The brainchild of four individuals, including James L. Hall Center for Mind Body and Spirit at Integris Dr. Murali Krishna, to establish an addiction treatment facility has broken ground.
Krishna, an Indian American psychiatrist, along with Oklahoma Department of Mental Health and Substance Abuse Services Commissioner Terri White, The Oklahoman editor Kelly Dyer Fry, and Oklahoma attorney Reggie Whitten, met about six years ago to discuss the potential of such facility, according to a NewsOK.com report.
The four were hoping to create something to help fight the opioid epidemic that was growing throughout the state, which led to the idea to create Arcadia Trails, which will become a 40-bed facility for adults battling substance abuse, the publication said.
The facility broke ground Oct. 5 and is scheduled to open sometime in the spring of 2019.
Over the last six years, the group has raised about $23 million from foundations and individual Oklahomans to build a “world-class” treatment facility so families won't have to send their loved ones out of state for treatment, Fry said in the report.
The facility will neighbor Integris Edmond, off Interstate 35, according to the report.
Putting an addiction treatment facility on the same campus as a hospital sends a message that it's just another type of medical problem, said Avilla Williams, president of Integris Health Edmond, in the article.
Integris will run staffing and operations.
Krishna said many people still believe addiction results from moral weakness. Some people have a genetic predisposition to addiction, and substances can more easily hijack their brains' reward system until they can't feel normal without the drug, he said.
“They feel like a square peg in a round hole,” Krishna, who also serves as the president and chief operating officer of Integris Mental Health, provider of adult and child/adolescent mental health services including inpatient, residential, outpatient and clinical settings, said in the report.
The program at Arcadia Trails will be designed around a 90-day stay, with one year of follow-up care, NewsOK reported.
Each patient will undergo an assessment to help develop a treatment plan, it said. The plan can include individual, group and family therapies; medications, if needed; and life skills to help the person cope after going home. It also needs to take into account whether the person has a mental illness or a history of trauma, it added.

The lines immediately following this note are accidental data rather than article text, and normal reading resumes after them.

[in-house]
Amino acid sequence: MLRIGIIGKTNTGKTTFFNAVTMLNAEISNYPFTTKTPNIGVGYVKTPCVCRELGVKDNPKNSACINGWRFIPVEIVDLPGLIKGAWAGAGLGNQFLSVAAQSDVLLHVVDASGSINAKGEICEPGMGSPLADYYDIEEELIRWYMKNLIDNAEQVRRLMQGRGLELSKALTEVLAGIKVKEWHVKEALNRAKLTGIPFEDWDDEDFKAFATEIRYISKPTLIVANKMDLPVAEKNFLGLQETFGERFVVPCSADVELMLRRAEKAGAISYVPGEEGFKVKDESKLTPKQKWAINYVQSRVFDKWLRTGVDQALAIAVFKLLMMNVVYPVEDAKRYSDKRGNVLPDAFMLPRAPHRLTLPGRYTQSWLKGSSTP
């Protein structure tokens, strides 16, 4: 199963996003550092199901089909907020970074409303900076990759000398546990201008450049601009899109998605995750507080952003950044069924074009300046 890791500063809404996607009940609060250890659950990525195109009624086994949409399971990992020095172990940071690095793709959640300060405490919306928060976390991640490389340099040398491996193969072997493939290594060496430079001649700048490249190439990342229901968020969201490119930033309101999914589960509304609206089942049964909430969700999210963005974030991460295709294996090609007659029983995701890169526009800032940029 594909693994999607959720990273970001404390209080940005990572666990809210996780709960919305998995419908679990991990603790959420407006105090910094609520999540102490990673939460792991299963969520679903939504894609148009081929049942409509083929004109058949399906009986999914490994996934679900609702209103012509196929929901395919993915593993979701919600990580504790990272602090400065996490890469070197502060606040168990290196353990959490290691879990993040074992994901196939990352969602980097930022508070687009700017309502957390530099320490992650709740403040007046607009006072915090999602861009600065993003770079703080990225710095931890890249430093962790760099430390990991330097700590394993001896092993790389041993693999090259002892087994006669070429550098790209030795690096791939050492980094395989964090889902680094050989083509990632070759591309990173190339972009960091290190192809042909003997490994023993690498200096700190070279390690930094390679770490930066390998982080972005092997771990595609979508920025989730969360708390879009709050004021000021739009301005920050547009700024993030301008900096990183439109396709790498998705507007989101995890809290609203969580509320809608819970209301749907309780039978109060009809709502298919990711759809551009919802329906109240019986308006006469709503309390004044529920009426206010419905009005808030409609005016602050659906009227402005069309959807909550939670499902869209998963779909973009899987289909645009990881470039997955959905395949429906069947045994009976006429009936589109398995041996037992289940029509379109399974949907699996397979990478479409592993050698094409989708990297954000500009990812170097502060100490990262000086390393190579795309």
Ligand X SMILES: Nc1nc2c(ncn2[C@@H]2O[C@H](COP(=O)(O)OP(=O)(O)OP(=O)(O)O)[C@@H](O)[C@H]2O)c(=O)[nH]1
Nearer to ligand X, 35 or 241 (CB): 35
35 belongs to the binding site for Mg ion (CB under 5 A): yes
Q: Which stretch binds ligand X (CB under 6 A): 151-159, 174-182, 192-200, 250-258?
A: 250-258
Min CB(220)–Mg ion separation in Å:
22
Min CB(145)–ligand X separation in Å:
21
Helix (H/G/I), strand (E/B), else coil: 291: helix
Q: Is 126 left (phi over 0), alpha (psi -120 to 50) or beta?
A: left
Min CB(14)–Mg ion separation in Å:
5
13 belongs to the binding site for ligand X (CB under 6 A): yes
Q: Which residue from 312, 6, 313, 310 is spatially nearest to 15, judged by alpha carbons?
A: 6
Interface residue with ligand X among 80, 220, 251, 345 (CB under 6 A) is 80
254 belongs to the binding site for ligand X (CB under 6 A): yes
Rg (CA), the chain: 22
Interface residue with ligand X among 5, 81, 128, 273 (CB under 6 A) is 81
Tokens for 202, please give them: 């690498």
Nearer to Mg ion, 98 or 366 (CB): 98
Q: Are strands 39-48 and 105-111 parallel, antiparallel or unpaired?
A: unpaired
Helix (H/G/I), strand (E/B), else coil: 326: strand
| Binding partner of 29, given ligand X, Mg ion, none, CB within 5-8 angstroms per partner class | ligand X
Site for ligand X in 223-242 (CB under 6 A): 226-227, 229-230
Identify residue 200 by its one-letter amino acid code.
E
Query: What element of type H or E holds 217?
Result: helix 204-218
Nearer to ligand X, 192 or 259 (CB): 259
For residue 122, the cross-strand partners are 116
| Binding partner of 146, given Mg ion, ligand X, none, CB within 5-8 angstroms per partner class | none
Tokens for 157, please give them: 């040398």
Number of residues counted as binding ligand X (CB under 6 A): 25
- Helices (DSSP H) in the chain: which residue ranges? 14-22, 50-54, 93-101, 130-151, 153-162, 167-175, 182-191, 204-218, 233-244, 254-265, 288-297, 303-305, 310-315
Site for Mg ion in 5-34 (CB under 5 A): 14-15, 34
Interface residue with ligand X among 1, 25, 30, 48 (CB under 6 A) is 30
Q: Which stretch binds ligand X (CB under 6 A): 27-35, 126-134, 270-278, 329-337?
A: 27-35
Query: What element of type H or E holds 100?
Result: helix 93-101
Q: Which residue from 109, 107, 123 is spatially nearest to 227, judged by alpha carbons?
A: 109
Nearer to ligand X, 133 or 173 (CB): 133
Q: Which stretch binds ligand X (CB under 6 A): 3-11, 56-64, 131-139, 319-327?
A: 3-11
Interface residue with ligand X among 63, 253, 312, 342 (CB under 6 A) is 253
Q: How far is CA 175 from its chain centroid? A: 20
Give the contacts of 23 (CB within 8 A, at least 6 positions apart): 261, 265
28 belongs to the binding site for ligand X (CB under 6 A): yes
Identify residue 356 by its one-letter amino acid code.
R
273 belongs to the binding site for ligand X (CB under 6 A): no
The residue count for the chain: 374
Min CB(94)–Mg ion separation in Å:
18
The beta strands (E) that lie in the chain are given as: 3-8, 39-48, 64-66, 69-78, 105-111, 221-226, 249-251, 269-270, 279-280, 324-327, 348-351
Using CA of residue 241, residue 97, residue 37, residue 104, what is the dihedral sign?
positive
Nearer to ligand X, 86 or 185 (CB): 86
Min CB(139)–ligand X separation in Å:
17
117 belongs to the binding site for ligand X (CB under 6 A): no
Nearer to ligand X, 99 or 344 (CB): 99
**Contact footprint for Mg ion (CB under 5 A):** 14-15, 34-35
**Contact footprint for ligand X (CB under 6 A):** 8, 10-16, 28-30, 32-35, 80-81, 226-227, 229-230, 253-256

There will be five phases of the program starting with evaluation, detox and education about the biological basis of addiction, the publication noted, citing Krishna.
Patients will then assess their strengths and challenges, learning coping and relationship skills, incorporating spirituality into life and planning ways to stay sober after discharge, it said.
Roughly 25 people, including physicians, nurses, psychologists, therapists and support staff, will be hired to run the facility.
Krishna, a clinical professor of psychiatry at the University of Oklahoma Health Sciences Center's Department of Psychiatry and Behavioral Sciences, serves on many professional and civic boards and committees. He currently serves as president of the Oklahoma State Board of Heath and is the founding president/president emeritus of the Health Alliance for the Uninsured. He was the catalyst for getting key legislation that gives protection for all health professionals when they volunteer to help the poor and uninsured.
Additionally, the Indian American is a Distinguished Life Fellow of the American Psychiatric Association and diplomat of the American Board of Psychiatry.
Krishna and his family established the “Dr. R. Murali Krishna Family Eliminate the Stigma” Award in 2010 as a way to annually honor persons or organizations that have shown an outstanding contribution to the community by eliminating the stigma about mental illness and improving the lives of those affected by mental illness, according to his bio on his personal website.